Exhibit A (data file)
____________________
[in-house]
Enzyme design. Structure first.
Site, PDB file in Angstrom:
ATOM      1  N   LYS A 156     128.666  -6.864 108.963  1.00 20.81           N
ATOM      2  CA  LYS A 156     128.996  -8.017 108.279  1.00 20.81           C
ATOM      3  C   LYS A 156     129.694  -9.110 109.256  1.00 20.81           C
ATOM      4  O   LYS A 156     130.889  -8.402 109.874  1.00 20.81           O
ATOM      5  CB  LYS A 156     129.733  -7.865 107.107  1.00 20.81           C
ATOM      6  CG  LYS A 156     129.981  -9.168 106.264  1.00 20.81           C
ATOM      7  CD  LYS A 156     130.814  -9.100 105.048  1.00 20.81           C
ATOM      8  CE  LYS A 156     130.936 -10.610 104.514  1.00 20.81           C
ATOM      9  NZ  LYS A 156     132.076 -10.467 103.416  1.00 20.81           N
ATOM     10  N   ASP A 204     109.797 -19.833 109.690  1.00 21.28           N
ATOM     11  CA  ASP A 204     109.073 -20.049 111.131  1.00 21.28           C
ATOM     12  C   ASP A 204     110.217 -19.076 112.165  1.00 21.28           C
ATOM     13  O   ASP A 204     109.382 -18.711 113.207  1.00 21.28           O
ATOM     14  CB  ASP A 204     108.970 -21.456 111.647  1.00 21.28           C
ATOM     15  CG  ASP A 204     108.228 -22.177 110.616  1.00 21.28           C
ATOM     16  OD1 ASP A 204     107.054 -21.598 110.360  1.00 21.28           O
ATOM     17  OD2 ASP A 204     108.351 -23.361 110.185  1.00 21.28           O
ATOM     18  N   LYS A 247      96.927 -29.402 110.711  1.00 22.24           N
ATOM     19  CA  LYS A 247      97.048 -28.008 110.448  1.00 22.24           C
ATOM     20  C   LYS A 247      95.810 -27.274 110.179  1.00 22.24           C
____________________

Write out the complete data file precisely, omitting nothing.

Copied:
[in-house]
Enzyme design. Structure first.
Site, PDB file in Angstrom:
ATOM      1  N   LYS A 156     128.666  -6.864 108.963  1.00 20.81           N
ATOM      2  CA  LYS A 156     128.996  -8.017 108.279  1.00 20.81           C
ATOM      3  C   LYS A 156     129.694  -9.110 109.256  1.00 20.81           C
ATOM      4  O   LYS A 156     130.889  -8.402 109.874  1.00 20.81           O
ATOM      5  CB  LYS A 156     129.733  -7.865 107.107  1.00 20.81           C
ATOM      6  CG  LYS A 156     129.981  -9.168 106.264  1.00 20.81           C
ATOM      7  CD  LYS A 156     130.814  -9.100 105.048  1.00 20.81           C
ATOM      8  CE  LYS A 156     130.936 -10.610 104.514  1.00 20.81           C
ATOM      9  NZ  LYS A 156     132.076 -10.467 103.416  1.00 20.81           N
ATOM     10  N   ASP A 204     109.797 -19.833 109.690  1.00 21.28           N
ATOM     11  CA  ASP A 204     109.073 -20.049 111.131  1.00 21.28           C
ATOM     12  C   ASP A 204     110.217 -19.076 112.165  1.00 21.28           C
ATOM     13  O   ASP A 204     109.382 -18.711 113.207  1.00 21.28           O
ATOM     14  CB  ASP A 204     108.970 -21.456 111.647  1.00 21.28           C
ATOM     15  CG  ASP A 204     108.228 -22.177 110.616  1.00 21.28           C
ATOM     16  OD1 ASP A 204     107.054 -21.598 110.360  1.00 21.28           O
ATOM     17  OD2 ASP A 204     108.351 -23.361 110.185  1.00 21.28           O
ATOM     18  N   LYS A 247      96.927 -29.402 110.711  1.00 22.24           N
ATOM     19  CA  LYS A 247      97.048 -28.008 110.448  1.00 22.24           C
ATOM     20  C   LYS A 247      95.810 -27.274 110.179  1.00 22.24           C